The detection by Rest et al. of light echoes from η Carinae has provided important new observational constraints on the nature of its 1840s era giant eruption. Spectra of the echoes suggest a relatively cool spectral temperature of about 5500 K, lower than the lower limit of about 7000 K suggested in the optically thick wind-outflow analysis of Davidson. This has led to a debate about the viability of this steady wind model relative to alternative, explosive scenarios. Here we present an updated analysis of the wind-outflow model using newer lowtemperature opacity tabulations and accounting for the stronger mass-loss implied by the >10M⊙ mass now inferred for the Homunculus. A major conclusion is that, because of the sharp drop in opacity due to recombination loss of free electrons for T < 6500 K, a low temperature of about 5000 K is compatible with, and indeed expected from, a wind with the extreme mass-loss inferred for the eruption. Within a spherical grey model in radiative equilibrium, we derive spectral energy distributions for various assumptions for the opacity variation of the wind, providing a basis for comparisons with observed light echo spectra. The scaling results here are also potentially relevant for other highly optically thick outflows, including those from classical novae, giant eruptions of luminous blue variables and supernovae Type IIn precursors. A broader issue therefore remains whether the complex, variable features observed from such eruptions are better understood in terms of a steady or explosive paradigm, or perhaps a balance of these idealizations.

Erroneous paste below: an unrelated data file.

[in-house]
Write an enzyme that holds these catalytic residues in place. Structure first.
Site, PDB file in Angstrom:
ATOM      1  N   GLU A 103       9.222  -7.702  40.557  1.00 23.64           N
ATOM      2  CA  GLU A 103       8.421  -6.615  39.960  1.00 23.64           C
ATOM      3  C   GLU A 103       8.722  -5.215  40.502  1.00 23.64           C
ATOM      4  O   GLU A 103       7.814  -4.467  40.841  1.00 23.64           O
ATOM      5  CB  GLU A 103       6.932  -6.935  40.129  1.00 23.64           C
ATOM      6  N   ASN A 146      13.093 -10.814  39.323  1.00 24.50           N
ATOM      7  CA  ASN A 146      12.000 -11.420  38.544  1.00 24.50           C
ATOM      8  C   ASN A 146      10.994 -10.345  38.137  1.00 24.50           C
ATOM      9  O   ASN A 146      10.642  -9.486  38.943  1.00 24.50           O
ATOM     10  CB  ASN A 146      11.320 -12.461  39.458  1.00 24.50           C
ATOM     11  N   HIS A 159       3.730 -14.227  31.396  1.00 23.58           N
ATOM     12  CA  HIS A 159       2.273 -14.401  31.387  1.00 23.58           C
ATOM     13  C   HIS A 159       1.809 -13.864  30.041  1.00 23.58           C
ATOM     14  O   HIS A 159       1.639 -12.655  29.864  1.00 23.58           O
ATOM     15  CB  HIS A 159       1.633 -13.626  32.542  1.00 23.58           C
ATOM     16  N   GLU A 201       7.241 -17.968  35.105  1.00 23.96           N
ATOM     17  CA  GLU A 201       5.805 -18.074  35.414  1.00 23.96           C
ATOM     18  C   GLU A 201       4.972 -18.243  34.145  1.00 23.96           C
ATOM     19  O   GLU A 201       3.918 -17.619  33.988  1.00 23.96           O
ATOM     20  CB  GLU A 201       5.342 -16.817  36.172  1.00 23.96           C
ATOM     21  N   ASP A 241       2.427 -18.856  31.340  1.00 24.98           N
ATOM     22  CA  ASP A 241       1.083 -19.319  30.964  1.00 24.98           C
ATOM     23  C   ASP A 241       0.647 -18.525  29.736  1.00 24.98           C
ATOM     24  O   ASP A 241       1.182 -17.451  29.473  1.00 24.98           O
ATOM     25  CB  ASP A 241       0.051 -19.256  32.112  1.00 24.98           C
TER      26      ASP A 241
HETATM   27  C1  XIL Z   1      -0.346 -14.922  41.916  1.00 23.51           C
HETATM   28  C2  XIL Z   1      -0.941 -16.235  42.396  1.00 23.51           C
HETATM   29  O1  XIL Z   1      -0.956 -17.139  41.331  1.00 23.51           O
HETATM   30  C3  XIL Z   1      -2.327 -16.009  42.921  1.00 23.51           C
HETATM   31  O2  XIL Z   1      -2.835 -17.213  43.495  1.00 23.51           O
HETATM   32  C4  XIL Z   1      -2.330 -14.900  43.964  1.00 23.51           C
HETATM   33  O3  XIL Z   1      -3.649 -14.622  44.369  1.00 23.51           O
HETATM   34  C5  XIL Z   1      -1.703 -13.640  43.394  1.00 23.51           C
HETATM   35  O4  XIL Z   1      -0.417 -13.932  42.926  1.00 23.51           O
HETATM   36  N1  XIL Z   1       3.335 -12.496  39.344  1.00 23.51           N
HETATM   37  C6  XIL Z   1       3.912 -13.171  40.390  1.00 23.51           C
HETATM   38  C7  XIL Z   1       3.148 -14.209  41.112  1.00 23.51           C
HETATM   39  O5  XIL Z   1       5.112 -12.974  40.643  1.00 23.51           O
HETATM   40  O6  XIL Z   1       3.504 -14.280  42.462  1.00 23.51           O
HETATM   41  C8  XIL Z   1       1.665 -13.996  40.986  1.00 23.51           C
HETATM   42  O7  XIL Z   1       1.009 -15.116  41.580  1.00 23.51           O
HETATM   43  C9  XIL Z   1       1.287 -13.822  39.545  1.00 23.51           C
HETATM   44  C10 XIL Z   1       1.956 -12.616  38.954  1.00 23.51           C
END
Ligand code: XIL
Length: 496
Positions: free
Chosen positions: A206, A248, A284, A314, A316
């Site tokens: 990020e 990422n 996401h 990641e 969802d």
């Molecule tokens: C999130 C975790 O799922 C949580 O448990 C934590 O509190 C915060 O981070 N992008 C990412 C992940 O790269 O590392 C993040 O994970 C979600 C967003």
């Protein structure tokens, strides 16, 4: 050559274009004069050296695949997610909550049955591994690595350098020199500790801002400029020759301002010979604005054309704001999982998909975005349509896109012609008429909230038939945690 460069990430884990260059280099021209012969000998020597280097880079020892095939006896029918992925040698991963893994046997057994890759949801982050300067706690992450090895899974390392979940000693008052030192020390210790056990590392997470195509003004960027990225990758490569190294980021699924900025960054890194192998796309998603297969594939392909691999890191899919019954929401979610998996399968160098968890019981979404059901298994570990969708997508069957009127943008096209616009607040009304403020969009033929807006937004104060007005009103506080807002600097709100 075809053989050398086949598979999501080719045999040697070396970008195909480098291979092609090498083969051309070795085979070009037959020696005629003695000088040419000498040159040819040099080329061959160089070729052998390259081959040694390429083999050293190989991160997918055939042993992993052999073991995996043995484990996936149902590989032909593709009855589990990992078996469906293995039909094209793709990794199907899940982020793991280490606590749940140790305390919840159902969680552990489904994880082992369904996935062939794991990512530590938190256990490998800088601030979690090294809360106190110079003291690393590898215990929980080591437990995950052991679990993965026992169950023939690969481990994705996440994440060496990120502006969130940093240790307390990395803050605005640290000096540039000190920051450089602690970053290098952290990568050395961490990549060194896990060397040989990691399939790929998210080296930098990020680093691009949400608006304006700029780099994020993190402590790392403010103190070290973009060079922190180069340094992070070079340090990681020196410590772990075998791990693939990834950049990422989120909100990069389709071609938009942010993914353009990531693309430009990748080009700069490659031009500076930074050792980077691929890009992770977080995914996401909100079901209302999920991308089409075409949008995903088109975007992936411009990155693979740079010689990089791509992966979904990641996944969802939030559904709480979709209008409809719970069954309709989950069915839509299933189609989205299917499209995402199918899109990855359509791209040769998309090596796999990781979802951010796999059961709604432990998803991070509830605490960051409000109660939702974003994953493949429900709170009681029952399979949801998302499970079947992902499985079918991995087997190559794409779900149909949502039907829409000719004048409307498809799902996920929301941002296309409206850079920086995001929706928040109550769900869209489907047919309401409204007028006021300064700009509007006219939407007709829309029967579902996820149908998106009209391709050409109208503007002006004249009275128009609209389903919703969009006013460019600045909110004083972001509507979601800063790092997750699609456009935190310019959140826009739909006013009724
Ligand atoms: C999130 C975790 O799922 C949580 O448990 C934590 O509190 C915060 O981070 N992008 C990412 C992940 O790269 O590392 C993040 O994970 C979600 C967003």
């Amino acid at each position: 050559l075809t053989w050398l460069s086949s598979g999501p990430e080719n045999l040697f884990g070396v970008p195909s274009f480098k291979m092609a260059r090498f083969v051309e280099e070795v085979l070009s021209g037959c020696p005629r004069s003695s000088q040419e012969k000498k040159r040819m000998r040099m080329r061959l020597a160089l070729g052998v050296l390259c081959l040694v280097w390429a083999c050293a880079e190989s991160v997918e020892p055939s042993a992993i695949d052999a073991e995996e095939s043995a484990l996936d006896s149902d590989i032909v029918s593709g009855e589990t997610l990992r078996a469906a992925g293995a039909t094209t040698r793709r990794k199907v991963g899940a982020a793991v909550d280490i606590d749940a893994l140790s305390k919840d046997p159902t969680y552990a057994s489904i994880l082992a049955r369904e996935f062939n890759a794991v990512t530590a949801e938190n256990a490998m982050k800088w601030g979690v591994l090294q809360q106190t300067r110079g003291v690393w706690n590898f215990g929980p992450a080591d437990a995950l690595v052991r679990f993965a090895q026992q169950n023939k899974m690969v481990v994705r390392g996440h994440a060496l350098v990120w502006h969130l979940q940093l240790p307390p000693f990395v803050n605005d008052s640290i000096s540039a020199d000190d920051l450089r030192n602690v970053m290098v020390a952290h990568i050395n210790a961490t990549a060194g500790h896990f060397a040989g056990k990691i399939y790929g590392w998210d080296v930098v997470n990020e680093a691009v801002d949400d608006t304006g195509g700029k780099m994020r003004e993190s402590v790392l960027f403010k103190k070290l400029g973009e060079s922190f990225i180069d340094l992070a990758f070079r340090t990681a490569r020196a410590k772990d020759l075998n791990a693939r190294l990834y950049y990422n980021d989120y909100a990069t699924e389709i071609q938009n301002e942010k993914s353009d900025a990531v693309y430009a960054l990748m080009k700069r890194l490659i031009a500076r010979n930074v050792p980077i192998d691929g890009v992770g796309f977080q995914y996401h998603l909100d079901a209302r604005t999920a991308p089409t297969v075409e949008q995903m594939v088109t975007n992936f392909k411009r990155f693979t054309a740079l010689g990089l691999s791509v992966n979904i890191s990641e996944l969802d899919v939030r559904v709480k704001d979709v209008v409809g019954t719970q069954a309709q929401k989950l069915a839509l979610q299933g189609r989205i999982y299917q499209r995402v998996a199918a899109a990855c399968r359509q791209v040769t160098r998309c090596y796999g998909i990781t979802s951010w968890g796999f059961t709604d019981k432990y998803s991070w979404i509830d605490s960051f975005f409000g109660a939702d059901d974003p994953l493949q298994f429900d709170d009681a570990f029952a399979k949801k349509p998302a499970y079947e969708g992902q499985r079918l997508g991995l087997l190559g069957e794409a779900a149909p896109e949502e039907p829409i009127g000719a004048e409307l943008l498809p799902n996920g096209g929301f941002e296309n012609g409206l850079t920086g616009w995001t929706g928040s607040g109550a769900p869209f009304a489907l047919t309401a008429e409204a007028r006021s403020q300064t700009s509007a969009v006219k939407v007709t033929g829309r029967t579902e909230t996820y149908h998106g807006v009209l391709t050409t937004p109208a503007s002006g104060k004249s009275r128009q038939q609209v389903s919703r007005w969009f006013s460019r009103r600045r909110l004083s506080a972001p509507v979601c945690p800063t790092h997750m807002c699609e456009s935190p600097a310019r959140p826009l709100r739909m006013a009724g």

Bibliographical notePublisher Copyright:
© 2016 The Authors. Published by Oxford University Press on behalf of the Royal Astronomical Society.
- Stars: Individual: Eta Carinae
- Stars: Mass-loss
- Stars: Variables: General
- Stars: Variables: S Doradus
- Stars: Winds, outflows
- stars: Massive